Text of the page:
What’s so funny about cancer, or divorce, for that matter? Michael Solomon figured that out, and a lot more besides, and lucky for us, he shares it in his unique memoir.
When doctors find a smudge on Michael Solomon’s lung in an X-Ray, it turns out to be cancer. Solomon’s world is suddenly turned upside down as he is plunged into a new reality of test after test, followed by surgery. The surgery is successful, but less than a year later tests show a “blob” on his kidney. There are more tests, and he undergoes another surgery.
Surely that is enough of a midlife crisis for any man in his 40s, but there is more: Solomon is also separating from and eventually divorcing his wife, struggling to explain his illness to his six-year old son and learning to be a good single father, in a new and smaller home. Oh, and then two planes hit the Twin Towers 25 blocks from his home.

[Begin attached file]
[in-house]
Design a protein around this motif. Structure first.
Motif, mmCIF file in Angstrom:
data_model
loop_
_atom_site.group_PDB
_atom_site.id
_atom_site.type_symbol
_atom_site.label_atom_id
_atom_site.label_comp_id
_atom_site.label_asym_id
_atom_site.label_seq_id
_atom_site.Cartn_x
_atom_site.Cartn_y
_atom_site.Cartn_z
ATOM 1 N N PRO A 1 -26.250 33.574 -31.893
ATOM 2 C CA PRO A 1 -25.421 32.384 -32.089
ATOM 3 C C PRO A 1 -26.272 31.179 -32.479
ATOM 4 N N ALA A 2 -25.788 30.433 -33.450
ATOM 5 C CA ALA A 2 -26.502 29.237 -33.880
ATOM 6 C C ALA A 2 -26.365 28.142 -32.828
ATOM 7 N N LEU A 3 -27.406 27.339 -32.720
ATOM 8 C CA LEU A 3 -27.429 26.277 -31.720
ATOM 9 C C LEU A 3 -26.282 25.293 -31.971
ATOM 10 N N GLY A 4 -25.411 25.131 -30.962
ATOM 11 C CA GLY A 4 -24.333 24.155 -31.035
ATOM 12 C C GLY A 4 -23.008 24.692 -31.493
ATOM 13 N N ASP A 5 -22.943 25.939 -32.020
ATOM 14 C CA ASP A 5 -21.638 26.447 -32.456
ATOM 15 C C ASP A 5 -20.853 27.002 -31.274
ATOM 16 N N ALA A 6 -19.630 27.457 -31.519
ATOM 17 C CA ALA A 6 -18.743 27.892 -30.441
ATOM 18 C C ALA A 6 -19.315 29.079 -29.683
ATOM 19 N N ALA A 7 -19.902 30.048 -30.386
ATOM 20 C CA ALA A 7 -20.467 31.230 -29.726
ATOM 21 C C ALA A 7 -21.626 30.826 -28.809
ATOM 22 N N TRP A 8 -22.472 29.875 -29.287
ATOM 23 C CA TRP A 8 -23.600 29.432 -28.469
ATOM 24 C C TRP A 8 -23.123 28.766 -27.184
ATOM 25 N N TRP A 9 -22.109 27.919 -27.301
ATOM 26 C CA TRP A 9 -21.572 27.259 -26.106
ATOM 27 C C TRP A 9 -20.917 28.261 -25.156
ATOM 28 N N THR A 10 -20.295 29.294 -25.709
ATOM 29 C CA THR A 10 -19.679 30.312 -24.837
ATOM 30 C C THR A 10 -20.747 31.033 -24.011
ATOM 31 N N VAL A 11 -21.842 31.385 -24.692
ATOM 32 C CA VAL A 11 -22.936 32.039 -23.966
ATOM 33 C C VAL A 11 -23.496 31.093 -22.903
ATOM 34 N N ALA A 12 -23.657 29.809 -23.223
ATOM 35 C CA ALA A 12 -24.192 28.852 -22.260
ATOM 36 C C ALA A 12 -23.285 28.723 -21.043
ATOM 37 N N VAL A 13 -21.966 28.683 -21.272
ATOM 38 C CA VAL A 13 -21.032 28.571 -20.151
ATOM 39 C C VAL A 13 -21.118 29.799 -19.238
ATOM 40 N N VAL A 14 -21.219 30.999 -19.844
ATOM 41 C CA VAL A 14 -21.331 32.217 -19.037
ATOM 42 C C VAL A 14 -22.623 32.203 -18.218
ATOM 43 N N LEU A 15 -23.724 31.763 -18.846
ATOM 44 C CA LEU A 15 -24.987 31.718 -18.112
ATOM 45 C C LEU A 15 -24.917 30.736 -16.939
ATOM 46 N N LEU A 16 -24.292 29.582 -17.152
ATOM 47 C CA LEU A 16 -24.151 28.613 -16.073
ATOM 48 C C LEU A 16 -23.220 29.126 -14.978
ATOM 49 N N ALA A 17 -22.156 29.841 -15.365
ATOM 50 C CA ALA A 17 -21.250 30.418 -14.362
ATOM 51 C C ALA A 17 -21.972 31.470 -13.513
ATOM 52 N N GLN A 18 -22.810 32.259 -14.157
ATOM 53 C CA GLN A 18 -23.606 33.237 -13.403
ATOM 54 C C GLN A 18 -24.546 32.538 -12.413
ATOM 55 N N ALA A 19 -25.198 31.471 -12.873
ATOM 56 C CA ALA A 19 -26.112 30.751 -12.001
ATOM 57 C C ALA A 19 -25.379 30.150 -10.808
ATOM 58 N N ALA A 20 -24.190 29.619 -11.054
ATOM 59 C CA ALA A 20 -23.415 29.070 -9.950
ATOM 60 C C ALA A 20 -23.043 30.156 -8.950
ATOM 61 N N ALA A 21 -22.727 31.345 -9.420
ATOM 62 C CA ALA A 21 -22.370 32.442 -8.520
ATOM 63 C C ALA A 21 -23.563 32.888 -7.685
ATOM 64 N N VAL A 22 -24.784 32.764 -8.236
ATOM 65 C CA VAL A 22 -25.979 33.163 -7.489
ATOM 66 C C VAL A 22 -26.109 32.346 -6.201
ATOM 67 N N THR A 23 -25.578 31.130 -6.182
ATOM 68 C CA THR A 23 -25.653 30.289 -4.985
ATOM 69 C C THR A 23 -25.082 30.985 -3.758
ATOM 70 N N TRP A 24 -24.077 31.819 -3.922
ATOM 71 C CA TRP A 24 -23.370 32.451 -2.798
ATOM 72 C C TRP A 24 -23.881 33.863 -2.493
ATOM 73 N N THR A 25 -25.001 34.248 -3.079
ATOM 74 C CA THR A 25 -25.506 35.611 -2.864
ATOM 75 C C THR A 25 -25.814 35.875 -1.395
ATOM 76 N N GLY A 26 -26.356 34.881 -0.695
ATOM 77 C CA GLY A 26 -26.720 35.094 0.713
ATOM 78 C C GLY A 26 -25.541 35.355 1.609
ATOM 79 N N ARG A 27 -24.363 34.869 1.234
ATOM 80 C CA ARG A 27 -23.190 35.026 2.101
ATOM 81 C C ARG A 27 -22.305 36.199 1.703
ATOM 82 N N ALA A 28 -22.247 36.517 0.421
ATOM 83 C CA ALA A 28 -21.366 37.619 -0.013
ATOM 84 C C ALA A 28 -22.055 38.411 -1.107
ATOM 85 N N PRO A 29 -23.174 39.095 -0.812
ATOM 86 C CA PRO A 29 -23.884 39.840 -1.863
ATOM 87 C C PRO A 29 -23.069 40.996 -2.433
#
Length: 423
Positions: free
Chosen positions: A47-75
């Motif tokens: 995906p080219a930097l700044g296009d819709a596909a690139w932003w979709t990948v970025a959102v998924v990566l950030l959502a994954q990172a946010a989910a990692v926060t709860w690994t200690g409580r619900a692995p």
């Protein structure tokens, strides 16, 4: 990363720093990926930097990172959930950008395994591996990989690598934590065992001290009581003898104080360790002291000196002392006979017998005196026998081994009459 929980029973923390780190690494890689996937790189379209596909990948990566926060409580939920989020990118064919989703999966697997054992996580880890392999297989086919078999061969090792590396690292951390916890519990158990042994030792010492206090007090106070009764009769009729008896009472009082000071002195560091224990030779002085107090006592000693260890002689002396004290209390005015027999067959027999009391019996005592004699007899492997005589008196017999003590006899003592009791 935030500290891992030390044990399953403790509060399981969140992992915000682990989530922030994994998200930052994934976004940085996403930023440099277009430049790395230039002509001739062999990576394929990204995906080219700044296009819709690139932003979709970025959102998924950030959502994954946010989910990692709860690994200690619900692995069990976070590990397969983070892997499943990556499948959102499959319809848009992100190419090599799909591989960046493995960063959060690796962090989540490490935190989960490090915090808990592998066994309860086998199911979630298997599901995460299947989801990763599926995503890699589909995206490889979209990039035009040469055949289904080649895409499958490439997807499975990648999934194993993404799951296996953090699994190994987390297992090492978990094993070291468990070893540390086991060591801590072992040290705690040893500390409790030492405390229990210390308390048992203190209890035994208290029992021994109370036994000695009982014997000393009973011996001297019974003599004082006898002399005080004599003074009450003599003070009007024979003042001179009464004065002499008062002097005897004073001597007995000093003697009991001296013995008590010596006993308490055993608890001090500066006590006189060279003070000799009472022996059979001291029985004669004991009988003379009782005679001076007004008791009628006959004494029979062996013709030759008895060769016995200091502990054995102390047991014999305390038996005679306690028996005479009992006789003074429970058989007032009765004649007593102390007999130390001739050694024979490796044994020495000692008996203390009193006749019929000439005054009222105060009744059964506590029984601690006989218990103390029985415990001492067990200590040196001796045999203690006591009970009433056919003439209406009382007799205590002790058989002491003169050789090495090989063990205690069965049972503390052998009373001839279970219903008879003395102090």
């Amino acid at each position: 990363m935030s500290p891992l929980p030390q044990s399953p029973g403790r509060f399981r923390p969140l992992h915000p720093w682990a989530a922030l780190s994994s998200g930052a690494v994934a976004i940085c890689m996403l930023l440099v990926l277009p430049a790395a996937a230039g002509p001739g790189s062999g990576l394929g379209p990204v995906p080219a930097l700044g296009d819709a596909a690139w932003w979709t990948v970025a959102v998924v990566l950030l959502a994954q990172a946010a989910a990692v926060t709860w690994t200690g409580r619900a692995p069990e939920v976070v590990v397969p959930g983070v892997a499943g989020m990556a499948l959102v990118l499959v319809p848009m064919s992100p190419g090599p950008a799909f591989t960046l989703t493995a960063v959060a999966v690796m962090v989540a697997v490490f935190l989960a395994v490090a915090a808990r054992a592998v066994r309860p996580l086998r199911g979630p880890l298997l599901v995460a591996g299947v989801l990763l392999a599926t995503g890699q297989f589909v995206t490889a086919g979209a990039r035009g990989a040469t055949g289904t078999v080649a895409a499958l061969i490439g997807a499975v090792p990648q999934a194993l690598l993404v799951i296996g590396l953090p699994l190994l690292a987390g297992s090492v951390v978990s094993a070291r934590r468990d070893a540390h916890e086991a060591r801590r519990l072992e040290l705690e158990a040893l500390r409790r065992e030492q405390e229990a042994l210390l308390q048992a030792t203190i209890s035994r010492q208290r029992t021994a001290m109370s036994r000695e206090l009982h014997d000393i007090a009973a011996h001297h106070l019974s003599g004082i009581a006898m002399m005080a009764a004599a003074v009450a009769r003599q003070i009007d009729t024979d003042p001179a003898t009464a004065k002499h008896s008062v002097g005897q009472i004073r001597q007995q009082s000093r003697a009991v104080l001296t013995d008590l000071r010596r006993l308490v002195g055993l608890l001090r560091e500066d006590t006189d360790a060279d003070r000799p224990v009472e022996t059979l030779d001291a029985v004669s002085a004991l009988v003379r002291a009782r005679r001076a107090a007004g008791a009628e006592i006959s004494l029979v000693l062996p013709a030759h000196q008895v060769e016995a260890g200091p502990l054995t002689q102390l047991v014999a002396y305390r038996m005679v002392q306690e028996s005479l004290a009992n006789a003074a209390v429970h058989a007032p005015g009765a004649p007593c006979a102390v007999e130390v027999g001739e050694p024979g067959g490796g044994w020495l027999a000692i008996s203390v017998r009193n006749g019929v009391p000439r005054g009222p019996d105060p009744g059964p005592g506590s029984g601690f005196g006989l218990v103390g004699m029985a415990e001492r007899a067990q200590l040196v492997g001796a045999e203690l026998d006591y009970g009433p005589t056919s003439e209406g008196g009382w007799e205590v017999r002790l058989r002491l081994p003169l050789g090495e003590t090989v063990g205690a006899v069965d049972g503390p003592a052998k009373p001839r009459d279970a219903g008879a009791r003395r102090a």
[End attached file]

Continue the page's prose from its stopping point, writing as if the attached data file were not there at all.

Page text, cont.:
Can he turn to God? No, he’s an atheist.
So how does Solomon keep his sanity? He makes jokes. He makes lists and keeps notes. The result of those lists, jokes, and notes is Now It’s Funny.
Probably because Solomon is a film producer, the book’s pace and attention to detail make it read like a script. The description of the tests, surgeries, and recoveries here are as honest and unsparing as any this reviewer has encountered. Solomon reports his deepest concerns and feelings, and actually manages to make his pain and discomfort very funny in a dark way. He finds humor in catheters, enemas, and other things that would not normally be entertaining.
By refusing to take life, even the painful stuff, too seriously, Solomon has written a memoir that really offers insight into the experience of cancer sufferers while entirely avoiding the maudlin or melodramatic and creates an entirely different type of memoir which deserves to be read and appreciated. While his experiences were not something anyone should have to undergo, at least he survived and was able to give us this remarkable book. Thank goodness.